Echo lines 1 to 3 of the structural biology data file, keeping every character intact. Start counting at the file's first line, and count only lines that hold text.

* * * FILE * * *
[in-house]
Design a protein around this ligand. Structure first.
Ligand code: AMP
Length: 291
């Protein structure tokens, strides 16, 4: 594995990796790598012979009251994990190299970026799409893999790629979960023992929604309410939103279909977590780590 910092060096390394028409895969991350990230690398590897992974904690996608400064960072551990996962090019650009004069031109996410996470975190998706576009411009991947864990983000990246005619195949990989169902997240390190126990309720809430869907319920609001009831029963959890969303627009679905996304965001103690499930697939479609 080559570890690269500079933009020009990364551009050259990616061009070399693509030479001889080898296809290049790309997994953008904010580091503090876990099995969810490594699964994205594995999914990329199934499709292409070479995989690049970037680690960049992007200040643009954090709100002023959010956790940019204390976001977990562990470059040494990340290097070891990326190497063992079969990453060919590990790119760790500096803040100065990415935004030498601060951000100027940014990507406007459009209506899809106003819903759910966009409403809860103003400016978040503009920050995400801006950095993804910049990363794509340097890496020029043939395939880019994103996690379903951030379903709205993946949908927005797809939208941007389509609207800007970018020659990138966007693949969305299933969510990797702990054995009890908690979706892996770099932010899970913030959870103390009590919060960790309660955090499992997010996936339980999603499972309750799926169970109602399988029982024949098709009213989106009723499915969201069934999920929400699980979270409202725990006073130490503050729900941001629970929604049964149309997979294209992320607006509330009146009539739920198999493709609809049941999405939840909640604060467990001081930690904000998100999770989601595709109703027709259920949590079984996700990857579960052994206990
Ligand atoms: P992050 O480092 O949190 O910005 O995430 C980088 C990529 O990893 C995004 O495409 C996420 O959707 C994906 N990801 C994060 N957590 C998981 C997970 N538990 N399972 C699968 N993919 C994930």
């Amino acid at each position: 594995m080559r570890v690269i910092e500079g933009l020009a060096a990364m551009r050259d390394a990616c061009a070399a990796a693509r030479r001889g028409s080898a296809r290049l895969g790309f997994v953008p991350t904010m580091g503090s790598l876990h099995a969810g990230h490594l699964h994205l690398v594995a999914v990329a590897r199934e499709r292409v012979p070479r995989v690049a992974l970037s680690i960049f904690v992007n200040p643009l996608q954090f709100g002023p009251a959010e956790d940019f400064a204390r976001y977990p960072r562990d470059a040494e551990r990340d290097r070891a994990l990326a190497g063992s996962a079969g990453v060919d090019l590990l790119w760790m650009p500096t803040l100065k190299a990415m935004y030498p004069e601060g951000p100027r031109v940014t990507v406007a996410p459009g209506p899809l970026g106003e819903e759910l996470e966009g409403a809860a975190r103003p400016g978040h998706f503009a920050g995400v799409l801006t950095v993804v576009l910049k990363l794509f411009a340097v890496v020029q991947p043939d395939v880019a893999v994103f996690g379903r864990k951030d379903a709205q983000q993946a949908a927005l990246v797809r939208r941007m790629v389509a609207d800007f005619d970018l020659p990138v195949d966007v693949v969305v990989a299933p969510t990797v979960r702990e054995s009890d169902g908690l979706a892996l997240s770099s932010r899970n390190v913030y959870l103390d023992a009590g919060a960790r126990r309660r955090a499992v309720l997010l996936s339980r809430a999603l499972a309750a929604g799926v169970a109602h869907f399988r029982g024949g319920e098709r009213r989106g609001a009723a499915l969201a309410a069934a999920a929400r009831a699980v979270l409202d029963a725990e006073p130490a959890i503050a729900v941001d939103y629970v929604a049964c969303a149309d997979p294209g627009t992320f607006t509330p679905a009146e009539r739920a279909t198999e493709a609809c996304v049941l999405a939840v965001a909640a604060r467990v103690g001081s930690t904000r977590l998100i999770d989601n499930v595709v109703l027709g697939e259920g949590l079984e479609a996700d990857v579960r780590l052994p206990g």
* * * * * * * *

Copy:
[in-house]
Design a protein around this ligand. Structure first.
Ligand code: AMP